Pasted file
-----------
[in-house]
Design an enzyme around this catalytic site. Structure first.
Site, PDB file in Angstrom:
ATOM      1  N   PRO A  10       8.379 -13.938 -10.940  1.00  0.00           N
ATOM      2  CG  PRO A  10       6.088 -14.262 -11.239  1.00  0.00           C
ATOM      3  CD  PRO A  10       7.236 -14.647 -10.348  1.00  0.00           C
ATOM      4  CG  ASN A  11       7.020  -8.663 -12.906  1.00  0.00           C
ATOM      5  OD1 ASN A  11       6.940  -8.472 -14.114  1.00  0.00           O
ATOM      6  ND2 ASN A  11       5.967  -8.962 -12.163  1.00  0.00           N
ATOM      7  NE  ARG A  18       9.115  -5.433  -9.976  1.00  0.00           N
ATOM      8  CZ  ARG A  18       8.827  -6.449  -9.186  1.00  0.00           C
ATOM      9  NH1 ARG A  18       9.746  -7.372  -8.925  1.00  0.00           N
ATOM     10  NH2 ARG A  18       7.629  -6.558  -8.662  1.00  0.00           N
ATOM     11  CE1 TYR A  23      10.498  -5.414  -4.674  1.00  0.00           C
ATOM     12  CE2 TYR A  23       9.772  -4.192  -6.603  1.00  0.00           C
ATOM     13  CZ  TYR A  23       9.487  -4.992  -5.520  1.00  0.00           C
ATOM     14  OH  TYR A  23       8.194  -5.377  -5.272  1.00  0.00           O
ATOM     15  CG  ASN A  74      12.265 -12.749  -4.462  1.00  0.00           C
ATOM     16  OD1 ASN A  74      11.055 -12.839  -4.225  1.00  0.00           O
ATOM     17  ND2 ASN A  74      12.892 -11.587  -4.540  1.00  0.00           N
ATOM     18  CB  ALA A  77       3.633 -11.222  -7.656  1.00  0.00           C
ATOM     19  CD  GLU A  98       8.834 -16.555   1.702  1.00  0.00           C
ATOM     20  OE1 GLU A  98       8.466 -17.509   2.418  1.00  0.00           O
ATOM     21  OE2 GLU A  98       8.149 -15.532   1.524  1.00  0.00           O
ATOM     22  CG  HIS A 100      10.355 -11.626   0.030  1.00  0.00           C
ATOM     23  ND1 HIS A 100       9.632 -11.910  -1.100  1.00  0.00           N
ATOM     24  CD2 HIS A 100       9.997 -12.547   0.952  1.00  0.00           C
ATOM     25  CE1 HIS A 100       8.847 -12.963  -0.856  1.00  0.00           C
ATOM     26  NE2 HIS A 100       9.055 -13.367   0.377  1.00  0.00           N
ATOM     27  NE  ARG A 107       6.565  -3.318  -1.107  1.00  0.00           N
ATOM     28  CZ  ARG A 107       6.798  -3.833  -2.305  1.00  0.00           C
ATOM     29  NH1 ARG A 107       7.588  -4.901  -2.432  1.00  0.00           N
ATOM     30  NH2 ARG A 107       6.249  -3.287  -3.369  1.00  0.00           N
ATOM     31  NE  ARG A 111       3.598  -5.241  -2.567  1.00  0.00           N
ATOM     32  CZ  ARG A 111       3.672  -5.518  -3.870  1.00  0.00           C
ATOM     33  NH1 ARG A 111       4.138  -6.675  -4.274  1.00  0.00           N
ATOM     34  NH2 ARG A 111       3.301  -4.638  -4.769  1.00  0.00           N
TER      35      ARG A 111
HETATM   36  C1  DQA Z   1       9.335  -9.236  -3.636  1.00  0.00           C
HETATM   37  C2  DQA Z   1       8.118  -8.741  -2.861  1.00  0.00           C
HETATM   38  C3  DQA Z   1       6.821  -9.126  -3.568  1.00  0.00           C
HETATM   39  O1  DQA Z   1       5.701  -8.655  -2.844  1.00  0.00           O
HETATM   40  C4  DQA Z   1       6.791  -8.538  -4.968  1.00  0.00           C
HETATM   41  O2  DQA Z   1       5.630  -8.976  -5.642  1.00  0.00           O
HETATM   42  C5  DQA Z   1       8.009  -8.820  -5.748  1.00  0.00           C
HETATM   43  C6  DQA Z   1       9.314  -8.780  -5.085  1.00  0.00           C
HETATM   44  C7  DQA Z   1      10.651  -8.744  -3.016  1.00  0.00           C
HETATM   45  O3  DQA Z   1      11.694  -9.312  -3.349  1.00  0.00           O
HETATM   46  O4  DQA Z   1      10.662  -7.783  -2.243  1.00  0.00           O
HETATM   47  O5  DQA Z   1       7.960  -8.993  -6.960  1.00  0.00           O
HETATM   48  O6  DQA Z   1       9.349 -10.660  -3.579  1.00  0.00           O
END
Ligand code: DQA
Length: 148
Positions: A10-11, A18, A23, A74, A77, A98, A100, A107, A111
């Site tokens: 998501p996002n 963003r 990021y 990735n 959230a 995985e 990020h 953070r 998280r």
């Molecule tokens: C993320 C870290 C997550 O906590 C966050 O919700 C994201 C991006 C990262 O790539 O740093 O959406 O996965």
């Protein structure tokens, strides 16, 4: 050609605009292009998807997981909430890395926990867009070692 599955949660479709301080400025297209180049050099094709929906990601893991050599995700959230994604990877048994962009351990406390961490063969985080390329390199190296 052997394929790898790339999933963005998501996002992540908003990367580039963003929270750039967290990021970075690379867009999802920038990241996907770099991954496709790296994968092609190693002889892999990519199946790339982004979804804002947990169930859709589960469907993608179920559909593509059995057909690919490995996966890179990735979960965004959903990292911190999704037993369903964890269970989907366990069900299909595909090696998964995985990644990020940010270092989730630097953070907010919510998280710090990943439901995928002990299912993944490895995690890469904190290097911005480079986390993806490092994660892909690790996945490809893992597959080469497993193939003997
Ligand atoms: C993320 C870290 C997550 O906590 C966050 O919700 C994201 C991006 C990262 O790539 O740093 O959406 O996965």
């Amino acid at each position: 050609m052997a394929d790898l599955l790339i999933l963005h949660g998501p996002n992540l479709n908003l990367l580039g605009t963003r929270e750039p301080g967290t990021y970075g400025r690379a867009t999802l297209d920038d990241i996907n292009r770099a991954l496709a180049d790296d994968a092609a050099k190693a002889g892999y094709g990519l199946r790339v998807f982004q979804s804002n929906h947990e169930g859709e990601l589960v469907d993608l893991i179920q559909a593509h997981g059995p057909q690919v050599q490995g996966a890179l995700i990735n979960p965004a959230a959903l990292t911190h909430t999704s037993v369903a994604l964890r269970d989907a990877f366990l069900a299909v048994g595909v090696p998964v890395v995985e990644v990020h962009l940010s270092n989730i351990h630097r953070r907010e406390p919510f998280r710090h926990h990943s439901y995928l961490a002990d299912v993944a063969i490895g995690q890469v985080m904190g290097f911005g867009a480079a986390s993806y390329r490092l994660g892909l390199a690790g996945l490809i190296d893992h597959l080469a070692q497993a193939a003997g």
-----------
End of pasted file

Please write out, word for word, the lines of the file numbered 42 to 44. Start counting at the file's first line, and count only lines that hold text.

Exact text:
HETATM   39  O1  DQA Z   1       5.701  -8.655  -2.844  1.00  0.00           O
HETATM   40  C4  DQA Z   1       6.791  -8.538  -4.968  1.00  0.00           C
HETATM   41  O2  DQA Z   1       5.630  -8.976  -5.642  1.00  0.00           O